By the end of day 2 we had built walls up to waist height, and with the help of 20 volunteers from a local high school, we had filled the foundation with 12 cubic meters of dirt using the highly technical method of “bucket-passing”. Our goal for the end of day 2 was to have the foundation filled and the dirt compacted, ready to poor the concrete floor the next morning. Question: What’s the best way to compact a 6 by 6 meter square foundation filled with 12 cubic meters of dirt in a village with 200 children? Answer: DANCE PARTY! With the boom box blasting and the children screaming with glee, day 2 concluded with our house’s first dance party, attended by about 50 of the coolest, hippest cats in Saint Dominic Village, all bouncing to the rhythm of the music, successfully compacting the foundation for the next day’s concrete poor.

This meant we had two and a half days to build the walls of our house, a task which by mid-day on Friday, we had successfully accomplished. By the time we finished our work, all that was left was the roof beams, a corrugated tin roof, a layer of plaster, and Tivo to make the house liveable! What an accomplishment! 16 students who barely knew the difference between a nail and a screw (inside joke), had actually built a house from mud to roof beams!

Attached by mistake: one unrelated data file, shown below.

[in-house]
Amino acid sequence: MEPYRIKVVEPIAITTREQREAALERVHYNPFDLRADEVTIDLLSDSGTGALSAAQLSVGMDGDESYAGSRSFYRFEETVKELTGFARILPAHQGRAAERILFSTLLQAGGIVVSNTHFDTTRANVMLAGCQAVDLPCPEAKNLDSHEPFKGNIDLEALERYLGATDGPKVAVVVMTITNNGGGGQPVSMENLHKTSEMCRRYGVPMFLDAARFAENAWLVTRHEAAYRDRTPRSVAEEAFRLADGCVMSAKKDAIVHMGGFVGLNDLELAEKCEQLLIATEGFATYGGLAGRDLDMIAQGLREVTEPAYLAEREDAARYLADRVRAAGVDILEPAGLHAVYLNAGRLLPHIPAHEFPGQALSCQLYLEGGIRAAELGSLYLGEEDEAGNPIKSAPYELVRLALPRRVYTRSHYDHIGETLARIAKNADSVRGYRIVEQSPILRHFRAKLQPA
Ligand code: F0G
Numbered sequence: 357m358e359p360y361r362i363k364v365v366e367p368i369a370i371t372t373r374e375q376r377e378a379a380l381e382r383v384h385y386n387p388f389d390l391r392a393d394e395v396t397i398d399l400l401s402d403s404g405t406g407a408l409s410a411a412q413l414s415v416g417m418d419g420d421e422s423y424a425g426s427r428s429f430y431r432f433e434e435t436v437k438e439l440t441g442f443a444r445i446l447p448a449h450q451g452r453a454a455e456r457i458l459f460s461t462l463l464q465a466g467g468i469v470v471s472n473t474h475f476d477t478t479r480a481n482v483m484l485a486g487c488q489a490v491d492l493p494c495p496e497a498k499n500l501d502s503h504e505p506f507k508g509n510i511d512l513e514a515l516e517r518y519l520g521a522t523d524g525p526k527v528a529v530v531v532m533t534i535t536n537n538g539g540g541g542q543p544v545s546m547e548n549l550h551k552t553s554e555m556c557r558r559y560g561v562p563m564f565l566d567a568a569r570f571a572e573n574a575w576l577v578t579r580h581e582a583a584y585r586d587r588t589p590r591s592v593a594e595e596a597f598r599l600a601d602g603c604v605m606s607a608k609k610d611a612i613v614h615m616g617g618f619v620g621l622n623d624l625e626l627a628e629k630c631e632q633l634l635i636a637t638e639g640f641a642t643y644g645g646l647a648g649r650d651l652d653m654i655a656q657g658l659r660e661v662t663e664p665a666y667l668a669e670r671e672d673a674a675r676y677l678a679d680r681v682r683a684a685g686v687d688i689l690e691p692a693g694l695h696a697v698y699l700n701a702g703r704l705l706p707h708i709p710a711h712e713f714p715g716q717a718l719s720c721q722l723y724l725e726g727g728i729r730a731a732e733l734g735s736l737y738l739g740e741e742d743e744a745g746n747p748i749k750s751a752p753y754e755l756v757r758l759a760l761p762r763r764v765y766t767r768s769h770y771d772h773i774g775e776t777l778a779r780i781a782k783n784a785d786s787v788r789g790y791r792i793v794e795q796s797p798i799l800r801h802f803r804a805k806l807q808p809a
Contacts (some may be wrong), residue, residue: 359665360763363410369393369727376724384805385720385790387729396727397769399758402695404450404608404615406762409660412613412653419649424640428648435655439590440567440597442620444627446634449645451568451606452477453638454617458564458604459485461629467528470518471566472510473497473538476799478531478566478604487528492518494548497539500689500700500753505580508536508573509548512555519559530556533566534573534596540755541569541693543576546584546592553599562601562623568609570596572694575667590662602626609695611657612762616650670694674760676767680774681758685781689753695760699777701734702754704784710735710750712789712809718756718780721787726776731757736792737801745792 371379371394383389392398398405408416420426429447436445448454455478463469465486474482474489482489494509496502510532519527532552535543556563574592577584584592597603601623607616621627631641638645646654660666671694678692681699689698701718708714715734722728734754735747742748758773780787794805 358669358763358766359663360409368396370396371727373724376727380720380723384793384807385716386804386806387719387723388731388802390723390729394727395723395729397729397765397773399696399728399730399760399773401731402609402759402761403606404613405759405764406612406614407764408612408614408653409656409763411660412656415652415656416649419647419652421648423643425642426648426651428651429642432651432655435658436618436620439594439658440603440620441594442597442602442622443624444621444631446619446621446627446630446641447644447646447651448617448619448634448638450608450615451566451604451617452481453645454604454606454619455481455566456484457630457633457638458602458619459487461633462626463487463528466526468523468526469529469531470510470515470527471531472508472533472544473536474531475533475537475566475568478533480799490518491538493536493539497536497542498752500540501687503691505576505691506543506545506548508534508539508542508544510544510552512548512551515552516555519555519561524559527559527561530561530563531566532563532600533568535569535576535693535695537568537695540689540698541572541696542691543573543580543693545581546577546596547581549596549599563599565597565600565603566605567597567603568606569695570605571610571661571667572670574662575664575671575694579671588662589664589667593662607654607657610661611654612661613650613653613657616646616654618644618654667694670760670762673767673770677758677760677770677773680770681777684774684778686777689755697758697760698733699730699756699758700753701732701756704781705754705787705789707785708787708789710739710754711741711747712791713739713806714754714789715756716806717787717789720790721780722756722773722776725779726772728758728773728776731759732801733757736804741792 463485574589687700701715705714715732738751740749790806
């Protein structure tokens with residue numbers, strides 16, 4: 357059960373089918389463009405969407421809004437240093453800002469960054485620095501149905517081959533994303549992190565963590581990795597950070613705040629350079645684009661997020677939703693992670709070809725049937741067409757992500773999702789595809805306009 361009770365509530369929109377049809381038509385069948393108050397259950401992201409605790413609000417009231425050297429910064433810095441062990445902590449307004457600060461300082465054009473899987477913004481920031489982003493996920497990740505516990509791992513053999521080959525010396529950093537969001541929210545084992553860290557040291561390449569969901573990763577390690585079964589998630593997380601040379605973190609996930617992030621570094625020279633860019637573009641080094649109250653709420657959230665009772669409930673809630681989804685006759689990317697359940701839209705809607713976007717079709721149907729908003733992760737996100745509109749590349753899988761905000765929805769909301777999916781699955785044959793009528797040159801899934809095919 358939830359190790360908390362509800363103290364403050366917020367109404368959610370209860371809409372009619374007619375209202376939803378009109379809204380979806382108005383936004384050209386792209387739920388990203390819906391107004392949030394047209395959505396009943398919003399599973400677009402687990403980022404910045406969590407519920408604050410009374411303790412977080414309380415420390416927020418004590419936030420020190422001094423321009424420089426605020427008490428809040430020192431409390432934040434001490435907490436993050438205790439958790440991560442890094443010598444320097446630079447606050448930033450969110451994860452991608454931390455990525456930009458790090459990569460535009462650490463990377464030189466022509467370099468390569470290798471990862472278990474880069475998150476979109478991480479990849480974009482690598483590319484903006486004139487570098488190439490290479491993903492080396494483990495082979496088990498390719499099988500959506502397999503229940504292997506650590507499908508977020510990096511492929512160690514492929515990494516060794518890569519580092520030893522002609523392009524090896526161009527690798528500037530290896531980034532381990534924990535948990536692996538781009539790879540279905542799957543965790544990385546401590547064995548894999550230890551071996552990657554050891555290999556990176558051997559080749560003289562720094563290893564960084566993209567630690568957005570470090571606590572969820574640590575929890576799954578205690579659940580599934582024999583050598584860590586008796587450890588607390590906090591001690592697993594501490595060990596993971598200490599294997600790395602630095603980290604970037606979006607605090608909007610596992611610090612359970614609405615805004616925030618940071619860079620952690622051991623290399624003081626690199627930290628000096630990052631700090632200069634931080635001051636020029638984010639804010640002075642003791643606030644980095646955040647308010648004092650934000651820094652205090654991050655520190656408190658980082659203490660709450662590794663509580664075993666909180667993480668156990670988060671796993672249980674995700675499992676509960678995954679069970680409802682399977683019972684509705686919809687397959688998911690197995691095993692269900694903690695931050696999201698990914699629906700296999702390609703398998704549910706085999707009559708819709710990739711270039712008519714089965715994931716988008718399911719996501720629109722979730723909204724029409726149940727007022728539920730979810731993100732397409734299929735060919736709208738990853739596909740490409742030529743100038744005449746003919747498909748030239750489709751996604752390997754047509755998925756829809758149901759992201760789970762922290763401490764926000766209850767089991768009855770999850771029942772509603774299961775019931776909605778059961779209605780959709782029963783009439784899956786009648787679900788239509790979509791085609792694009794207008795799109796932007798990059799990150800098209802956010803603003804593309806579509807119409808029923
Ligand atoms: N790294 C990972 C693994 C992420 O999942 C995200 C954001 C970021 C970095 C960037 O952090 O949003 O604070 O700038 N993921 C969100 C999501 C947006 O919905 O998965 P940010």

Over the five days of our Habitat build, I came to settle my misgivings regarding the costs and benefits of the program. I realized that Habitat for Humanity is not only about helping the poor by building them houses to help them live affordably and safely. It Village children pitching indawned on me by the end of the week that the humanity we’re helping does not only refer to the poor villagers, or the Filipino people, or the people of the developing world in general; rather, the humanity at stake exists within the builders themselves.